15. Maxwell, Herbert, ed. (1913). The chronicle of Lanercost, 1272-1346. Glasgow: J. Maclehose and sons. p. 341.
  16. 1 2 Maxwell, Herbert, ed. (1913). The Chronicle of Lanercost, 1272-1346. Glasgow: J. Maclehose and sons. p. 343.
  17. Dalrymple, Sir David (1776). Annals of Scotland. Pub. J. Murray. London. Vol. II. P. 322.
  18. 1 2 3 4 5 6 Given-Wilson, Chris and Françoise Bériac. "Edward III's Prisoners of War: The Battle of Poitiers and Its Context". The English Historical Review, Vol. 116, No. 468 (Sep., 2001), Pp. 809.
  19. C. J. Rogers, "The Scottish invasion of I346". Northern History, xxxiv, I998, pp. 5I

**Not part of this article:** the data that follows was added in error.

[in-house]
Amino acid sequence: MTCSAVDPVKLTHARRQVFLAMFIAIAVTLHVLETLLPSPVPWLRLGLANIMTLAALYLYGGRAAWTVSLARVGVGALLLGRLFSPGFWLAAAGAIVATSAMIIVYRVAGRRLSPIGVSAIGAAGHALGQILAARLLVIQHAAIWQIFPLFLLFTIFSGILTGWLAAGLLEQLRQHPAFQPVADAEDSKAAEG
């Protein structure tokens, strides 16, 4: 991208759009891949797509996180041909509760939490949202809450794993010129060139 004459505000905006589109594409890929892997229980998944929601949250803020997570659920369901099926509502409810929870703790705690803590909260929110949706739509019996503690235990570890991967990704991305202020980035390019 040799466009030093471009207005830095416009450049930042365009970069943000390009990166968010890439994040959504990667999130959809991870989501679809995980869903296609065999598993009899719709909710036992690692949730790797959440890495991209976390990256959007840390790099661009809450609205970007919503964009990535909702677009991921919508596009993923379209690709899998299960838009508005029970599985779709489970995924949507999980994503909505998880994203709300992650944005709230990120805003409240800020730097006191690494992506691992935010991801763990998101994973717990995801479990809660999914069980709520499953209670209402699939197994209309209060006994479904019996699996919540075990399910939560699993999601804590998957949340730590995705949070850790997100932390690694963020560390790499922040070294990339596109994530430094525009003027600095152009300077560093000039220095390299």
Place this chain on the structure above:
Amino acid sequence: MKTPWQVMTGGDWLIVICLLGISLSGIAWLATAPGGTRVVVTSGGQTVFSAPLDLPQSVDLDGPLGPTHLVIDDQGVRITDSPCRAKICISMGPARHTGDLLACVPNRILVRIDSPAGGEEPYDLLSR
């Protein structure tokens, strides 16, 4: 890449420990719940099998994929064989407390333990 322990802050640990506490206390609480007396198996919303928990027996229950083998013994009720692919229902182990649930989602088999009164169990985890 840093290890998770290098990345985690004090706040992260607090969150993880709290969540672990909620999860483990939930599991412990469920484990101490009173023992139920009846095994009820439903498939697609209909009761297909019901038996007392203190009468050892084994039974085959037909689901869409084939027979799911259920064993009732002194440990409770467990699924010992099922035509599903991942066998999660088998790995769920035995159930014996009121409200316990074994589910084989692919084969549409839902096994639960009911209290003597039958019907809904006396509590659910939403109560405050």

20. Andy King. "According to the Custom Used in French and Scottish Wars": Prisoners and Casualties on the Scottish Marches in the Fourteenth Century". Journal of Medieval History 28 (2002) 263–290.
  21. Michael A. Penman, David II, Tuckwell Press, 2004, p.129.

Sources and further reading

Coordinates: 54°46′34″N 1°35′50″W / 54.77599°N 1.5971°W / 54.77599; -1.5971